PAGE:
Most - if not all - women have a moment like this, an instant in their lives when their sense of self is rewritten and their self-image is forever changed. This is how it happened for me.
* * * * *
My cousin, Sharon, and me on the Thanksgiving of my fourth-grade year.
I felt endlessly chic in that plaid coat and the double strap Mary Janes. Was I already fat?
My nine-year-old self woke up on a cold winter Monday in Michigan. Weak and worn after a two-week bout of pneumonia, I still felt far too exhausted to face the day. But my mother pronounced me ready to return to school and cheerfully commanded me to get out of bed and dress.
I dragged myself upright, pulled on my favorite fourth-grade outfit: a long-sleeve mustard store-bought mock turtleneck, and a cranberry corduroy skirt. My mom had made the skirt, as she made most of my clothes, and I had picked the pattern featuring a single triangular pleat in front, and the corduroy fabric. I wore a lot of corduroy, but this was a special blend of wide wale and standard width wale alternating in thick and thin fuzzy stripes.
I loved that skirt.
My stylish ensemble usually filled me with confidence but on this morning it did not work its usual charm. I stumbled from my room, and drooped to the table where my mom was setting out breakfast. I still hoped she might take note of my listlessness and tuck me back into bed, rather than marching me off through the snow to the school bus. But she was all systems go.
"You'll be fine," she announced as she cleared away my dishes. I stood up to go get my snow clothes on, and she surveyed my outfit approvingly. "You look very nice."
Then, with unmistakable excitement in her voice, she added, "I think you've lost some weight! Your skirt looks so much better on you now."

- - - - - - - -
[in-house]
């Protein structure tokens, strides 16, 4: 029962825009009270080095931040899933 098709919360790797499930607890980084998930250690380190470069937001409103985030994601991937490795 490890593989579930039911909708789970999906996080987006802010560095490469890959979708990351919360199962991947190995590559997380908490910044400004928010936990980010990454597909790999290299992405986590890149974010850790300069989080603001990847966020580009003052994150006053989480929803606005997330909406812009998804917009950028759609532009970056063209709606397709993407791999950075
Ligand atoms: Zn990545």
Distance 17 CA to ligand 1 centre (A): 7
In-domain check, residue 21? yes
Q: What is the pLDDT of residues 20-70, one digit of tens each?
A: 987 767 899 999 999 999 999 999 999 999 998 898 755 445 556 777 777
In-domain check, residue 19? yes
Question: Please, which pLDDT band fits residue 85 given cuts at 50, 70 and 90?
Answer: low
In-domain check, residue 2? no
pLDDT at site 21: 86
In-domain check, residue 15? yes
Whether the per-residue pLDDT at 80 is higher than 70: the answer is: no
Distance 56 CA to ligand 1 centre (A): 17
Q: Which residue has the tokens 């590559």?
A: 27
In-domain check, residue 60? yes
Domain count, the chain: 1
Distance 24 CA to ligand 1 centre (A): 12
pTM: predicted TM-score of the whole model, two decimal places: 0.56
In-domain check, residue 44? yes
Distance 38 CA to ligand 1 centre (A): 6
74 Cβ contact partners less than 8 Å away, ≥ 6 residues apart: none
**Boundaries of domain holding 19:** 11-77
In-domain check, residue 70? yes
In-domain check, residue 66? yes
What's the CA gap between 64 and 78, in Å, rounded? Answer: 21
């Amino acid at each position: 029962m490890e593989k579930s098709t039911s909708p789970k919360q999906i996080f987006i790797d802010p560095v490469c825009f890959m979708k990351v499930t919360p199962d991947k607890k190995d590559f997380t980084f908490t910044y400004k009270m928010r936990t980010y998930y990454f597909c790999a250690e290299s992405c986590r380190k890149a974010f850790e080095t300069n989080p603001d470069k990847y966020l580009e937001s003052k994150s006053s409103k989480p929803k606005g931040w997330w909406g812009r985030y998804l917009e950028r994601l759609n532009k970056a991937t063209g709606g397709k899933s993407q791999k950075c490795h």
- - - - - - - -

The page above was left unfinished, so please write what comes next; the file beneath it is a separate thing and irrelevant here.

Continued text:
And suddenly, I was very, very confused.
I knew I had been seriously sick. Besides missing two full weeks of school, I'd taken a lot of medicine, undergone multiple chest x-rays, and spent countless hours in bed, too weak to even haul myself to the couch for reruns of Andy Griffith and Bewitched. I'd heard the concern in my doctor's voice as he had quietly conferred with my mother, and I knew she had worried about me too.
Yet now, she seemed almost happy that I'd been sick. Whatever I had been through, however awful I still might feel, was I to understand that it had all worth it because I'd lost weight?
Did I need to lose weight?
Had I been fat? Was I still fat?
Why had I not known this about myself?
This was the day I began to feel shame about my body.
This was the day I began to worry about my weight.
This was the day I started feeling fat.
And this was the day I began to believe that suffering was the price I was required to pay in order to not be fat.
* * * * *
I don't blame my mother for this. I later learned that she and I come from a long line of body-shamers, strong German women who mistook their broad shoulders and strong hands for clumsy, unattractive girth. We are not pretty, dainty ladies, my maternal bloodlines subtly preached to me; we are big and fat.